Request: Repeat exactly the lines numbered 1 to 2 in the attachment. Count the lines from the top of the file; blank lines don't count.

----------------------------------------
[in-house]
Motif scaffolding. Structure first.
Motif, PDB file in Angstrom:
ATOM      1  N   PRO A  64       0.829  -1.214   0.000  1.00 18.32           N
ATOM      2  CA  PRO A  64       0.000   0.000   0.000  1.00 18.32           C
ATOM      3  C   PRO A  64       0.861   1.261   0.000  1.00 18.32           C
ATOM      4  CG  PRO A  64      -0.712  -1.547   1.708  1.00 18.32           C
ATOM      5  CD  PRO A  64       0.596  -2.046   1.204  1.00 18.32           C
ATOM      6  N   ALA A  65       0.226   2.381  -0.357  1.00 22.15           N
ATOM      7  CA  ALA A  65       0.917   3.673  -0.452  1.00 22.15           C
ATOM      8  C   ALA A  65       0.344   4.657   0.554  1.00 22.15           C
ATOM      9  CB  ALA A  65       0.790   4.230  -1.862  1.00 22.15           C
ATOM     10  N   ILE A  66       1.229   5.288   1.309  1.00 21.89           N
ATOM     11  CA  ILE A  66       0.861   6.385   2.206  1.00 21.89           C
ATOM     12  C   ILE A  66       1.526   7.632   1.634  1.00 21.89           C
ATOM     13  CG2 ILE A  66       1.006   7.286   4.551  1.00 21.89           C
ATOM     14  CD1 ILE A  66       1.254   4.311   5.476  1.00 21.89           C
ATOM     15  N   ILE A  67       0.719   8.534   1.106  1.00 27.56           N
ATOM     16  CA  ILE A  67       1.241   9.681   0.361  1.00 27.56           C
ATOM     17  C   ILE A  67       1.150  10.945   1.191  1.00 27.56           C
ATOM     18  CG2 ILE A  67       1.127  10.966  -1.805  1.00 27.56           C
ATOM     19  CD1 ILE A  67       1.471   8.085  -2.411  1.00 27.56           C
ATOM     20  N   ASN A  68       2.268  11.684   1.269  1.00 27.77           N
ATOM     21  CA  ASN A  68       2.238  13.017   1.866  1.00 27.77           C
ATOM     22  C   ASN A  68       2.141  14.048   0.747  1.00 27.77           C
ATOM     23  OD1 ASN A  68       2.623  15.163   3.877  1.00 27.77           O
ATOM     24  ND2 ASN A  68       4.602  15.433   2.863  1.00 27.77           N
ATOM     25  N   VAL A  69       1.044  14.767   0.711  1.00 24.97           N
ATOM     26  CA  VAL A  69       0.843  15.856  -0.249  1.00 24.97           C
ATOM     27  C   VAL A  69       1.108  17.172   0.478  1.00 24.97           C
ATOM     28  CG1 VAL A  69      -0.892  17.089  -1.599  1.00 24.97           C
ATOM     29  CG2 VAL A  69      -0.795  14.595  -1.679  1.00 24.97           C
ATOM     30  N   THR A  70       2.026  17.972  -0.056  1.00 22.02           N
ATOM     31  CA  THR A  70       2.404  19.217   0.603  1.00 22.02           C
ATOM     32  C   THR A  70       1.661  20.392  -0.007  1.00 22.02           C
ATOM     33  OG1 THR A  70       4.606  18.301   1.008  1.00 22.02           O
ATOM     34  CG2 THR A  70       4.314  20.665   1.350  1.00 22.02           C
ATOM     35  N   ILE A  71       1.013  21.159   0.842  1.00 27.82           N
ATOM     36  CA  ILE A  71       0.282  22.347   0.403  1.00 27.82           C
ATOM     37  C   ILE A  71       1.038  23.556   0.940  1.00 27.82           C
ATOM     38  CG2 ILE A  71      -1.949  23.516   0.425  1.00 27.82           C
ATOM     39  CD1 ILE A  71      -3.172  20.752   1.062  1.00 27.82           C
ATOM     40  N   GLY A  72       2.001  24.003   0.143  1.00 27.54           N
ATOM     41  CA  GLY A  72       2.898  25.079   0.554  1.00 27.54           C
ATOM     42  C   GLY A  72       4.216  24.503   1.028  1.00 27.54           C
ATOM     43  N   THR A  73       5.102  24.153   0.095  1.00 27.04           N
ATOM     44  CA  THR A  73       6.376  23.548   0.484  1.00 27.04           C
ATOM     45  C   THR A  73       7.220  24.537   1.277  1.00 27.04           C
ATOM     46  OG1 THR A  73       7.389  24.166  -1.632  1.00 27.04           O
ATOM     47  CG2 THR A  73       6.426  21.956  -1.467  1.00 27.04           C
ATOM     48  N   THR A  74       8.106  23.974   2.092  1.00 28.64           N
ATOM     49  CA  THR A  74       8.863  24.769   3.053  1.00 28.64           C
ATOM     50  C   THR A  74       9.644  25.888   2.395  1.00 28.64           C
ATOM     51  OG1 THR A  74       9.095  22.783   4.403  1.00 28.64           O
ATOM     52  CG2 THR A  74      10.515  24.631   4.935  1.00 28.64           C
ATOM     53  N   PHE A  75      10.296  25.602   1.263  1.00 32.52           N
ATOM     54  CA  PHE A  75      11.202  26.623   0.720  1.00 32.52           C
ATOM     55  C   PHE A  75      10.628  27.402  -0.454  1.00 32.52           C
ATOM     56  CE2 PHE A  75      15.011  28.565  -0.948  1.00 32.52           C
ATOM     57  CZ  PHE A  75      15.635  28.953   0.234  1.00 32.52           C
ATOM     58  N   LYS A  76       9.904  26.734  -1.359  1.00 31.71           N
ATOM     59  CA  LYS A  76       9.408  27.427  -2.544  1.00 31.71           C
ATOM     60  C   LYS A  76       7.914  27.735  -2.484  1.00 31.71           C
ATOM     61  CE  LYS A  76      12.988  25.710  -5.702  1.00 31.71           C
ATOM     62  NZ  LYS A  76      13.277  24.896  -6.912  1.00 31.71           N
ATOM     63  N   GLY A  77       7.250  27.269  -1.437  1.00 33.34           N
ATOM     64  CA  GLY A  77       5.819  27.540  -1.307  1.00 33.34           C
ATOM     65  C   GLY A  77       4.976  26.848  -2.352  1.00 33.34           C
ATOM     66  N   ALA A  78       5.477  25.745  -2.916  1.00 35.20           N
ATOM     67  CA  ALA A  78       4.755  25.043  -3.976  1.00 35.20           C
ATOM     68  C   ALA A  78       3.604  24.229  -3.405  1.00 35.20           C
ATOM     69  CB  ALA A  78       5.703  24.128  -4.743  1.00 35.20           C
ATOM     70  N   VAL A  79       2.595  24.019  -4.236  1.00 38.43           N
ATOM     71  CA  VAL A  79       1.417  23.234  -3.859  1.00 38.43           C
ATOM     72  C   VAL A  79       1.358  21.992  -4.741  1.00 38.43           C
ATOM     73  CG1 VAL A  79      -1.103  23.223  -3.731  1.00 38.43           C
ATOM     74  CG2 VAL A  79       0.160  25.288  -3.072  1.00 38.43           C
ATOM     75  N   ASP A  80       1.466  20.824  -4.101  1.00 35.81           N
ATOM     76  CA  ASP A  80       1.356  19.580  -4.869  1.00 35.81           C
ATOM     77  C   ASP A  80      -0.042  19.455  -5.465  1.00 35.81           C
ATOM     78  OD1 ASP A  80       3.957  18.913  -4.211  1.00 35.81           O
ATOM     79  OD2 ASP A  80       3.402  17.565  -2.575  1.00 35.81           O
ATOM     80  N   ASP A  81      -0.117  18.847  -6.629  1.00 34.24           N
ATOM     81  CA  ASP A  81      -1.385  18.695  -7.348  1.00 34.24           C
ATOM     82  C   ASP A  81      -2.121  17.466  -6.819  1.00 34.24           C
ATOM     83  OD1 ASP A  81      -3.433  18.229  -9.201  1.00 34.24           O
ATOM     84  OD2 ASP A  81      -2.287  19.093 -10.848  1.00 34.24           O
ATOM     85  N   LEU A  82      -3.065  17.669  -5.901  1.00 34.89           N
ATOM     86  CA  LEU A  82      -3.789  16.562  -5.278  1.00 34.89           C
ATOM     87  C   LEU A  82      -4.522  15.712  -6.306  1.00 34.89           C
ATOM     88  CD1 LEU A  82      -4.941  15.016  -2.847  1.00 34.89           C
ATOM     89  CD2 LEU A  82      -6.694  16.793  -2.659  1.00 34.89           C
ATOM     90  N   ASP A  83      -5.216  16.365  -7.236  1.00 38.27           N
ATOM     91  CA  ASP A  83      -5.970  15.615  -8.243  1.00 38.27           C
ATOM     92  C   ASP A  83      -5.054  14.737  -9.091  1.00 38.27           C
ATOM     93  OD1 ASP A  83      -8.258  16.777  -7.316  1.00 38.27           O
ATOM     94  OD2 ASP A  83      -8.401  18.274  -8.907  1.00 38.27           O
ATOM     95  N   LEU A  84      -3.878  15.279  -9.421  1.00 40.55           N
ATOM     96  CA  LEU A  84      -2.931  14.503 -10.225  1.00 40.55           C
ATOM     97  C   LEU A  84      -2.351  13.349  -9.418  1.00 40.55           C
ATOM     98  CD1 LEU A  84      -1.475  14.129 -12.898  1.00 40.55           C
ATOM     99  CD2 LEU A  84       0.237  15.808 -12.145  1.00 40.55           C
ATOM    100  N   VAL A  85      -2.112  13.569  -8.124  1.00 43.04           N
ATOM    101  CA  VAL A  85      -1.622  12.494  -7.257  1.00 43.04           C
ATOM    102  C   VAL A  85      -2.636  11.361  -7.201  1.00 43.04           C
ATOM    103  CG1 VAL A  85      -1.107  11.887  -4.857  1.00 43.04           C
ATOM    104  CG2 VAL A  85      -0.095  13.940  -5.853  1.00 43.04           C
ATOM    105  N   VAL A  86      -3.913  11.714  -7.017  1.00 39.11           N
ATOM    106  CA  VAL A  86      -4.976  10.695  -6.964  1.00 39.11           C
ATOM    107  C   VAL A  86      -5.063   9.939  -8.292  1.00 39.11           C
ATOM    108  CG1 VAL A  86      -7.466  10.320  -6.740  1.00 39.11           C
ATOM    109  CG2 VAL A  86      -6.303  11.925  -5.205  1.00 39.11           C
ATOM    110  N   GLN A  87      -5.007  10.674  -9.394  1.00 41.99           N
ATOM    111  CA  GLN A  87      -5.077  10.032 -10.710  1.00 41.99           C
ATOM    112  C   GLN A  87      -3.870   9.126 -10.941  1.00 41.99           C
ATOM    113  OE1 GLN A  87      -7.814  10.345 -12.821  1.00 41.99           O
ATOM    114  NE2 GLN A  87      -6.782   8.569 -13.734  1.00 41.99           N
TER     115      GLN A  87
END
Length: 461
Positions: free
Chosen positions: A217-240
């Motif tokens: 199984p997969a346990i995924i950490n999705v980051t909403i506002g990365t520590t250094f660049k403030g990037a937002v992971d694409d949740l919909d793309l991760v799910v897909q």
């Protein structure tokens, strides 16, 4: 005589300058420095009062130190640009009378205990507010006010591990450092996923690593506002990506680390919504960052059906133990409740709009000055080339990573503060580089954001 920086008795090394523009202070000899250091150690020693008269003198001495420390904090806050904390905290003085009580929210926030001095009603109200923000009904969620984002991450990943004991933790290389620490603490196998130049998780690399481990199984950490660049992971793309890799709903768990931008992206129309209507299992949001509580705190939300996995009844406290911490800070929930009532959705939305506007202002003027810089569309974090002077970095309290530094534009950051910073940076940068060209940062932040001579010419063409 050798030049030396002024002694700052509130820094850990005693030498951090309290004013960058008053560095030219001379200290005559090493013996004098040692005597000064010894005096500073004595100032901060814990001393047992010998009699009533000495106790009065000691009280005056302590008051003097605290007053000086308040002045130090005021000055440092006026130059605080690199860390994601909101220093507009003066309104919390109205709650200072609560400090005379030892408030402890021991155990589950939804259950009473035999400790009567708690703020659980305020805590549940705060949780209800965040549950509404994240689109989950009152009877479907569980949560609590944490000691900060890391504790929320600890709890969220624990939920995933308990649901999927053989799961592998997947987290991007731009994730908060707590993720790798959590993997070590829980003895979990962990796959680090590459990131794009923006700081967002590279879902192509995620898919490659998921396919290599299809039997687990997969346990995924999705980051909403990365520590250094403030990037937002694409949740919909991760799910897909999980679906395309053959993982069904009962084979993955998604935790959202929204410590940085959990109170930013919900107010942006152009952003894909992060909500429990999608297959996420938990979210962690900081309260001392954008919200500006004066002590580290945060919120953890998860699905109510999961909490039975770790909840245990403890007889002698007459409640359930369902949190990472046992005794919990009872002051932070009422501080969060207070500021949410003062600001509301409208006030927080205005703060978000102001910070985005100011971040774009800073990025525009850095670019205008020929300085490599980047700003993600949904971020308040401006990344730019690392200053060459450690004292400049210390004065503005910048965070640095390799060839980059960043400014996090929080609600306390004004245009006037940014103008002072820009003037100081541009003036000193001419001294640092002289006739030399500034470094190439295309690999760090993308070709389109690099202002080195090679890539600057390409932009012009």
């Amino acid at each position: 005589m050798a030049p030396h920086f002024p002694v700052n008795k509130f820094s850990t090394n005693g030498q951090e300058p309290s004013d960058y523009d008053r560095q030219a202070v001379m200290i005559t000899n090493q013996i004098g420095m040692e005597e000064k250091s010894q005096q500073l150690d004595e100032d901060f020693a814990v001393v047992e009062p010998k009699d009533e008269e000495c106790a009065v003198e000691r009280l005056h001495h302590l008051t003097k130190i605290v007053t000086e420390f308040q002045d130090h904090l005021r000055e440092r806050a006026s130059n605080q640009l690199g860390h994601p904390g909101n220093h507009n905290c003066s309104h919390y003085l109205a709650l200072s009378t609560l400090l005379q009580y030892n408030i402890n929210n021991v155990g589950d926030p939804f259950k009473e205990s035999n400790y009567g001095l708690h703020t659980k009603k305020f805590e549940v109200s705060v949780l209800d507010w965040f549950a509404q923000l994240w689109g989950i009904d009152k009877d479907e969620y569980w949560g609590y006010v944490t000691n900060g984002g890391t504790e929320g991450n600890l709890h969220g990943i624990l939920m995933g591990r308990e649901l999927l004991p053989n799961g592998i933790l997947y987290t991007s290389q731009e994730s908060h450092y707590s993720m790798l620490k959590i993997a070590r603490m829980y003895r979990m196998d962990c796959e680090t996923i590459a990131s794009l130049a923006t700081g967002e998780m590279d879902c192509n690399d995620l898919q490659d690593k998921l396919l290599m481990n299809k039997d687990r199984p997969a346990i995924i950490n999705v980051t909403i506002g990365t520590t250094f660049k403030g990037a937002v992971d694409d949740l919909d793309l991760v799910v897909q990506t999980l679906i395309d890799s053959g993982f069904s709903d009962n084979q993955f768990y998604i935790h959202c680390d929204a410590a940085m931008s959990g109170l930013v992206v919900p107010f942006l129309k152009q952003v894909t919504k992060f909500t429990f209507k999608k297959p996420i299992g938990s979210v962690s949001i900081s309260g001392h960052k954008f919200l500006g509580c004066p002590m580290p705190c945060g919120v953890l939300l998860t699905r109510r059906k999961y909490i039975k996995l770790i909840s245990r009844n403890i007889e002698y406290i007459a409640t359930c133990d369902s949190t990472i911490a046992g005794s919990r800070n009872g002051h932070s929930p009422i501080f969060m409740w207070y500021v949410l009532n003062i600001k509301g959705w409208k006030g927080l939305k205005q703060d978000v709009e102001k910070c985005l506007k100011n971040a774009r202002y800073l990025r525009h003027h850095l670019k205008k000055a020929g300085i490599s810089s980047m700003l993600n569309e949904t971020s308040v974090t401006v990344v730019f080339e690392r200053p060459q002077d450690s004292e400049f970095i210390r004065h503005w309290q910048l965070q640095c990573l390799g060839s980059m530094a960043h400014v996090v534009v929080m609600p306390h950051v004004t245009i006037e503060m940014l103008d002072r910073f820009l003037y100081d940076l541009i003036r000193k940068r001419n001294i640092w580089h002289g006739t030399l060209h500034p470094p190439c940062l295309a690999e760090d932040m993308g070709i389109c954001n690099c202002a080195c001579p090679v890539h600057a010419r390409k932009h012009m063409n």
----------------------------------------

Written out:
[in-house]
Motif scaffolding. Structure first.